Jamaica’s trade performance in 2018: A widening trade deficit

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By Elizabeth Morgan

A trade deficit or negative balance of trade occurs when the value of imports of goods and services (amount being spent) exceeds the value of exports of goods and services (income earned). This excess expenditure has to be met from other resources (savings/reserves), aid (development support), loans, etc.

It has been stated repeatedly that, as a small, open economy, achieving robust, sustained economic growth in Jamaica depends a lot on the country’s performance in international trade (export and import of goods and services). I have also pointed out in articles that full implementation of the United Nations Sustainable Development Goals (UN SDGs) will depend more on Jamaica’s ability to earn from international trade than from donor financing for development support.

Over the last 10 years Jamaica has sought to improve macro-economic stability focused on reducing the debt-to-GDP (gross domestic product) ratio and the current account-to-GDP ratio. In this regard, we need to place more emphasis on improving our trade performance in the export of goods and services. You should note that trade performance cannot be properly assessed by only focusing on merchandise (goods) trade. Services trade must also be examined.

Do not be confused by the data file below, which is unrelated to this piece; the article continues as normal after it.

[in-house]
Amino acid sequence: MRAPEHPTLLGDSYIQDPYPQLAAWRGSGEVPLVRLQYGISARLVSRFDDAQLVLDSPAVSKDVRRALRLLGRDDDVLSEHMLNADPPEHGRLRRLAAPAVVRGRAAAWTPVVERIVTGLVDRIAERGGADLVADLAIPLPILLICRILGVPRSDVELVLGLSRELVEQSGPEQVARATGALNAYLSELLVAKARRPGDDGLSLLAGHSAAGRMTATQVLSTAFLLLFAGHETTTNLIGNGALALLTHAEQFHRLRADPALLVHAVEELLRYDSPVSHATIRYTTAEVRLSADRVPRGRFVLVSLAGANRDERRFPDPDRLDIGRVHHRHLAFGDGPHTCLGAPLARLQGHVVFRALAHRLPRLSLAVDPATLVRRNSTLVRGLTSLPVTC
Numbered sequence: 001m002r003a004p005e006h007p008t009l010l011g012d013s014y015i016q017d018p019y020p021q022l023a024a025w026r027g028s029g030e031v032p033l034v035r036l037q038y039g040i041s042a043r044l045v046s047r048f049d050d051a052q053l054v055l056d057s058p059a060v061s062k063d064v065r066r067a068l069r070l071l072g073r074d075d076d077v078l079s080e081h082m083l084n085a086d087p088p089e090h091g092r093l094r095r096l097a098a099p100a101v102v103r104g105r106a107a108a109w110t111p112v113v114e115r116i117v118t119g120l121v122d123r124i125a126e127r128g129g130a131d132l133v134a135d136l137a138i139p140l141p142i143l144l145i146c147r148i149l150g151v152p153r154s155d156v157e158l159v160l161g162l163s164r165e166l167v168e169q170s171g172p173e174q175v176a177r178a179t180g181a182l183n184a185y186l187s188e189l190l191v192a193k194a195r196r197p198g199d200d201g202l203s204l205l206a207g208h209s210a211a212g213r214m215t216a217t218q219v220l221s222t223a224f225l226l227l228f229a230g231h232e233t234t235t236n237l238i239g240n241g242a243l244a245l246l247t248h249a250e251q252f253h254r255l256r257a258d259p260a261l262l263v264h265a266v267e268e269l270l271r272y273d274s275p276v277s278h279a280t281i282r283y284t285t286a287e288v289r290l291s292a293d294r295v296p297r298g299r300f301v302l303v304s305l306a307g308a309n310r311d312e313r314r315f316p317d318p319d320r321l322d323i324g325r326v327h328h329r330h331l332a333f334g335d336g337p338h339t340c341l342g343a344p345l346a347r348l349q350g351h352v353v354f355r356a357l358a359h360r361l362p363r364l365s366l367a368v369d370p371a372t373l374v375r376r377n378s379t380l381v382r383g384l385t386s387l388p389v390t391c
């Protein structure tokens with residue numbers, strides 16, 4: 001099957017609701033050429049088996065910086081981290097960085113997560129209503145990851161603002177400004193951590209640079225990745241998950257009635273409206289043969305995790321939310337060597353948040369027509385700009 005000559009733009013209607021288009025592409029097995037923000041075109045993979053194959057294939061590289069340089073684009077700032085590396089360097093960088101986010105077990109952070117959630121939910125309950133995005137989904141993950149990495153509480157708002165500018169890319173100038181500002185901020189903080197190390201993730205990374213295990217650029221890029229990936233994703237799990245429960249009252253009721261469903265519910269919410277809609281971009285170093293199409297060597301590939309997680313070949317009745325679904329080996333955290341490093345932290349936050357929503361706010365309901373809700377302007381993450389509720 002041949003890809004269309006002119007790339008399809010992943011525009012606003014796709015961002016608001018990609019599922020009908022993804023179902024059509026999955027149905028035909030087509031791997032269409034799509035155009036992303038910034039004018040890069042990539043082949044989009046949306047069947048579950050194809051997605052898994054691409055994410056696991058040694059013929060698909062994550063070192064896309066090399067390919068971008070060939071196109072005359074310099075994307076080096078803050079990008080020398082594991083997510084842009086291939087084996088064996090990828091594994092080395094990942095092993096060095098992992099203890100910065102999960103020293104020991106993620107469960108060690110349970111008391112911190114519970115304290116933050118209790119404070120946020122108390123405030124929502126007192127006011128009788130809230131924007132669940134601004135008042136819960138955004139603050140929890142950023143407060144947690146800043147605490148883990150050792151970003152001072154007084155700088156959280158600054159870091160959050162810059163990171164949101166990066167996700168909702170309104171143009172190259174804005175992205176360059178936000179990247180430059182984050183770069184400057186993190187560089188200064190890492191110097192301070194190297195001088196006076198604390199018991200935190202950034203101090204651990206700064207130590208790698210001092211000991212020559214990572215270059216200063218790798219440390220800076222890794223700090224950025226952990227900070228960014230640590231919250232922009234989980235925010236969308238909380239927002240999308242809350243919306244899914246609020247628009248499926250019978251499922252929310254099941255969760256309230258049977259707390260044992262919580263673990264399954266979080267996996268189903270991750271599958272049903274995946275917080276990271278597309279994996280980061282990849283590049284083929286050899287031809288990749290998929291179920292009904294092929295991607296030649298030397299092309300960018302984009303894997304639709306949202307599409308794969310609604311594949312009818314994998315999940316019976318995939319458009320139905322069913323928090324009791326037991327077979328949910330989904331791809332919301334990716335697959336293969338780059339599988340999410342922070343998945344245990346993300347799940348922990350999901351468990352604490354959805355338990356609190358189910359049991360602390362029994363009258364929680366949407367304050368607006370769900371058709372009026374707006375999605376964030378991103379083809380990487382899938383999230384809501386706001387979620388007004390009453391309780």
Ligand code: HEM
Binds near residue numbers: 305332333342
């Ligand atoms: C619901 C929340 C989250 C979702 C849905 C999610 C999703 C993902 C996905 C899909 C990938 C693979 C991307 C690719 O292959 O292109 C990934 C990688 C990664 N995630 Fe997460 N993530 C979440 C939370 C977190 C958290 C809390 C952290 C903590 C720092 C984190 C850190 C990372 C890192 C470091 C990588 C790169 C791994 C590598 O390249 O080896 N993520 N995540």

In an article in the Sunday Gleaner of December 16, 2018, Dr Andre Gordon looked at the ‘Prospects for Export-led Growth in Jamaica’, and made the point that the only lever Jamaica has to drive significant and sustained increases in growth above the anaemic one per cent to two per cent is through increases in net exports. He concluded that Jamaica needs a central strategy for a significant and sustained expansion in net exports. Dr Gordon omitted to mention the launch in October 2018 of the National Foreign Trade Policy. He could be forgiven for overlooking this policy as it got so little press coverage.


Trade in goods 

In August 2018 the Statistical Institute of Jamaica (STATIN), in a press release, reported that Jamaica’s overall deficit on merchandise (goods) trade had worsened by 9.4 per cent for the review period, January to June, as spending on imports had increased. I noted that this press release received minimal media coverage. There seemed to be little interest in the widening trade deficit.